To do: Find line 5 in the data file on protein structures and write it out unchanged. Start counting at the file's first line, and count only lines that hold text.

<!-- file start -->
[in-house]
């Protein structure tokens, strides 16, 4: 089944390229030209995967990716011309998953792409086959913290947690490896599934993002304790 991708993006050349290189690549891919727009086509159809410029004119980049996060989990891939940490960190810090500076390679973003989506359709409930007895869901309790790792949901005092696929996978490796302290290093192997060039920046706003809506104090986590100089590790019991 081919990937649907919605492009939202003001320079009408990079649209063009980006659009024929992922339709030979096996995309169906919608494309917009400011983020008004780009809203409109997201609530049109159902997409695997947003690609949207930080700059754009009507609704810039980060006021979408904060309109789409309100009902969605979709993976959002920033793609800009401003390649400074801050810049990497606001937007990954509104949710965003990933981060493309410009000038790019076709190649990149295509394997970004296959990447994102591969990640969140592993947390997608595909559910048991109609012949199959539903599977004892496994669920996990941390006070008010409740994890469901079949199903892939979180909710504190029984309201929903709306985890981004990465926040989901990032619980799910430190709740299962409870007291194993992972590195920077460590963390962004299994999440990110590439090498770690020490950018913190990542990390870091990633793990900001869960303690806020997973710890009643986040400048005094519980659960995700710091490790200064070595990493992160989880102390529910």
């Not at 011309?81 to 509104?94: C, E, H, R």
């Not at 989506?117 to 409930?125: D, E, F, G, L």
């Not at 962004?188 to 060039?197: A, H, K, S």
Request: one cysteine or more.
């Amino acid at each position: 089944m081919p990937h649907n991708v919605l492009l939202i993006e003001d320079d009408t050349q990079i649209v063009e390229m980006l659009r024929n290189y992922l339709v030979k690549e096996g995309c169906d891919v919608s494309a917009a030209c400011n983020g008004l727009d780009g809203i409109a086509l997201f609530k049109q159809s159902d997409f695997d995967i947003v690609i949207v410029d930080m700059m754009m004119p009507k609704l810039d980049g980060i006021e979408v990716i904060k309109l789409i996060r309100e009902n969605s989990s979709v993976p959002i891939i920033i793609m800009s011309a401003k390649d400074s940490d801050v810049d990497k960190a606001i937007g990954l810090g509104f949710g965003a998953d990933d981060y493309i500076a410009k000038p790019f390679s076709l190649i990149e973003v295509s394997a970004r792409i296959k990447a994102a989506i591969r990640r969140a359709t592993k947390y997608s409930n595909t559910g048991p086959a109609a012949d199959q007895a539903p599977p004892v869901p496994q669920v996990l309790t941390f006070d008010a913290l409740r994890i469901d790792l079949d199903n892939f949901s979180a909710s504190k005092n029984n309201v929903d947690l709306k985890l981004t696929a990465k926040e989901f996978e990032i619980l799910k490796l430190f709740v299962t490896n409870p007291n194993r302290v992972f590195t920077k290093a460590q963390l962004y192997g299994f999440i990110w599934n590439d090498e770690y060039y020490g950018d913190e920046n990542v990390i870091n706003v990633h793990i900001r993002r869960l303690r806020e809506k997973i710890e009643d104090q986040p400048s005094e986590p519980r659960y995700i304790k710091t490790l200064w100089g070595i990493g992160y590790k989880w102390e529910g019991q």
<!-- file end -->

């Not at 962004?188 to 060039?197: A, H, K, S």